While deciding on the question of granting bail, the Supreme Court has held that travelling abroad is an inseverable part of fundamental right dignity and personal liberty. “This right cannot be merely illusory,” noted the court.
In a recent judgment, an apex court bench headed by Justice D Y Chandrachud has decided on the most discussed and ambiguous question whether a court can impose a ban on travelling abroad while granting bail to an accused.
The appellant in the matter, Parvez Noordin Lokhandwalla, had sought leeway to visit the US to revalidate his green card.
During the hearing, Justice D Y Chandrachud mentioned that a competent court is entitled with the power to impose any condition while granting bail under Sections 437 (3) and 439 (1) (a) of the Code of Criminal Procedure.
The court further stated, “However, this discretion of the court has to be â€śguided by the need to facilitate the administration of justice, secure the presence of the accused and ensure that the liberty of the accused is not misused to impede the investigation, overawe the witnesses or obstruct the course of justice.”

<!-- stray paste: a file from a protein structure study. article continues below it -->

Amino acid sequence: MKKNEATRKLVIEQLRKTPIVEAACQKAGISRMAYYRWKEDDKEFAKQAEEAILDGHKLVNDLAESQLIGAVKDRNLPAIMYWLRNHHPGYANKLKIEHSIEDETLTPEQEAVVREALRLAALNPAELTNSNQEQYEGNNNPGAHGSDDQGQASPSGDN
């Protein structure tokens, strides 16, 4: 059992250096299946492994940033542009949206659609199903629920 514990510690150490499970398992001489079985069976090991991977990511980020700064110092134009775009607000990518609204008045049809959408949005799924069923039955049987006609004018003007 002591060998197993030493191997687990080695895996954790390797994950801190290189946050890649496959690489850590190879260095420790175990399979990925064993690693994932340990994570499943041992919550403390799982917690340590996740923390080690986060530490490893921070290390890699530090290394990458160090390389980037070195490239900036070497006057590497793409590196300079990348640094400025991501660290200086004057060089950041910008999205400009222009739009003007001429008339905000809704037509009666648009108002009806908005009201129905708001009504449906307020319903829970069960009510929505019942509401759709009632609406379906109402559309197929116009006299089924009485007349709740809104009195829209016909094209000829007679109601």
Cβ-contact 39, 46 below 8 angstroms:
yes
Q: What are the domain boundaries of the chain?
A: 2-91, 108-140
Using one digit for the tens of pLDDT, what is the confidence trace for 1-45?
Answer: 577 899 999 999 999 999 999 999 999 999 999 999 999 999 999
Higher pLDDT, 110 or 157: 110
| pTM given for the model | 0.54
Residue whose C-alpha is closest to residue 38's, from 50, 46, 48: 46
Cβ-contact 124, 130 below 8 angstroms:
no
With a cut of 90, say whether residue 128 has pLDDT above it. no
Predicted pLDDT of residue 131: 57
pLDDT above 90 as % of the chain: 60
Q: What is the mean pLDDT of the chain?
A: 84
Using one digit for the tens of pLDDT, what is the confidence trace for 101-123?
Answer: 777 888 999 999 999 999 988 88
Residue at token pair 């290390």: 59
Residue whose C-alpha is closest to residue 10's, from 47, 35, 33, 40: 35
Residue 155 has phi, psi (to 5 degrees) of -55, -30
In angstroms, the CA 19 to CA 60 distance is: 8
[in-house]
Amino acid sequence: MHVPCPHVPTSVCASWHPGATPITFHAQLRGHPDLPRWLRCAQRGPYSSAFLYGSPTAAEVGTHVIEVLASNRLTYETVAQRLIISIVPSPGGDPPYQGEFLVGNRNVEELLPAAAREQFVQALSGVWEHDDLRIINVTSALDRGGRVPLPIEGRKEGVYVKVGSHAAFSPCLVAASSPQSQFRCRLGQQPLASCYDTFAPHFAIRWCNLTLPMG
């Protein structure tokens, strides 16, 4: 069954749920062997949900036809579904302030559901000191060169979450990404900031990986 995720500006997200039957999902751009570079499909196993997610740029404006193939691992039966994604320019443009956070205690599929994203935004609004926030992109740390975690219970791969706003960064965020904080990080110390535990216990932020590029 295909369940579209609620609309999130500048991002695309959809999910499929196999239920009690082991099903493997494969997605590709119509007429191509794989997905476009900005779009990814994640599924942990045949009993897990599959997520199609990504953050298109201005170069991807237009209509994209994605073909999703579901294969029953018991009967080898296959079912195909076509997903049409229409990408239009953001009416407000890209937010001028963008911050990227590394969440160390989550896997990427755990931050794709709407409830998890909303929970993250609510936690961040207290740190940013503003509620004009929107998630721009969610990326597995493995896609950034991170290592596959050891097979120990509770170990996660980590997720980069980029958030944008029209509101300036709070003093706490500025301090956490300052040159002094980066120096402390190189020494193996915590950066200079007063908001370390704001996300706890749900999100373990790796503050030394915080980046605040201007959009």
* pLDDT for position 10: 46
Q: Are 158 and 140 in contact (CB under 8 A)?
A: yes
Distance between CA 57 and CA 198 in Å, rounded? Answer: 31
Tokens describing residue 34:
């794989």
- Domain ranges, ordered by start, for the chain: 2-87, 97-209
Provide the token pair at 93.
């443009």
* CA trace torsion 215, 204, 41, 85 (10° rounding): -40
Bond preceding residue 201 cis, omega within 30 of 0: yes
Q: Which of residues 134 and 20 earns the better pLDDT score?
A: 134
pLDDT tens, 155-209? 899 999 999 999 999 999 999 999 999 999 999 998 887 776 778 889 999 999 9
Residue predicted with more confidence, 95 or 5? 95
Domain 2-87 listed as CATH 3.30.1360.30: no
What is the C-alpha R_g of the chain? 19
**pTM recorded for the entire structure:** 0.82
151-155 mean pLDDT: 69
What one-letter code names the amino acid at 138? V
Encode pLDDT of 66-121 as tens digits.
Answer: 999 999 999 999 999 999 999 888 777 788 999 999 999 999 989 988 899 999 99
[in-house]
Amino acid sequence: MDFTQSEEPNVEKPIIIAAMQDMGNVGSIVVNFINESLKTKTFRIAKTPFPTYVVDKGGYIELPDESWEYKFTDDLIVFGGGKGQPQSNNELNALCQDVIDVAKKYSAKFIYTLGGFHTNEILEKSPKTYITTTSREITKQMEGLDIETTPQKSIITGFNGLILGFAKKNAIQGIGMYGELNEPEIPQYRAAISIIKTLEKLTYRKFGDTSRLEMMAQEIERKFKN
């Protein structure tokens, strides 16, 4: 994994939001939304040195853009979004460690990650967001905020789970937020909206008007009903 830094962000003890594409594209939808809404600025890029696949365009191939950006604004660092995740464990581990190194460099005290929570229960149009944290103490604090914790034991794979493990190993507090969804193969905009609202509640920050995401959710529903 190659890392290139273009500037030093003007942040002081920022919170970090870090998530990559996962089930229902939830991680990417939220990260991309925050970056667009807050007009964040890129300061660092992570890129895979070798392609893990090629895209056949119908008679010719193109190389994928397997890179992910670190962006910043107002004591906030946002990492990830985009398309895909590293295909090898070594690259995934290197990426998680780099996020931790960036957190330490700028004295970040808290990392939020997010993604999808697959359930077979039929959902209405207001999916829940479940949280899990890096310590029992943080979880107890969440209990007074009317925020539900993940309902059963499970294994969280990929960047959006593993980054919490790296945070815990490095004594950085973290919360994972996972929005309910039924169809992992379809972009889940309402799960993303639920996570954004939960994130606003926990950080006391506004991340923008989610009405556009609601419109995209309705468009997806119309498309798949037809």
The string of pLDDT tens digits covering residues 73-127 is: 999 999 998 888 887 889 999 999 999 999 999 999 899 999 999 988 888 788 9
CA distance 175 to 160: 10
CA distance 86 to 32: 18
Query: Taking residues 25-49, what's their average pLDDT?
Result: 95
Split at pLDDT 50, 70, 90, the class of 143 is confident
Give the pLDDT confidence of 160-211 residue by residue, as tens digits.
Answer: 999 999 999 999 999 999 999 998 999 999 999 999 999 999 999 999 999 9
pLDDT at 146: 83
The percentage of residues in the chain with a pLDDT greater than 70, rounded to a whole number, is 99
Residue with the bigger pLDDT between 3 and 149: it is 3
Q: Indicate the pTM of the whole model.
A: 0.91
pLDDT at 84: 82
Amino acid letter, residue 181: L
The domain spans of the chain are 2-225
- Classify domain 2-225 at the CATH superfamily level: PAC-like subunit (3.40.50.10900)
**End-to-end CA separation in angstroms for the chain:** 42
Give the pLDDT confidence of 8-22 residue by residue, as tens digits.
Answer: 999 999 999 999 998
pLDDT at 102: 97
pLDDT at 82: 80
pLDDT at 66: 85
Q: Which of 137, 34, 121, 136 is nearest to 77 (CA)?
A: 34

Top court bench also stated that for every matter, the court must weigh the nature of risk carefully before granting bail. The court also mentioned that the conditions set by court for the grant of bail must balance both the public interest in the enforcement of criminal justice with the rights of the accused.
“The human right to dignity and the protection of constitutional safeguards should not become illusory by the imposition of conditions which are disproportionate to the need to secure the presence of the accused, the proper course of investigation and eventually to ensure a fair trial,” said the court.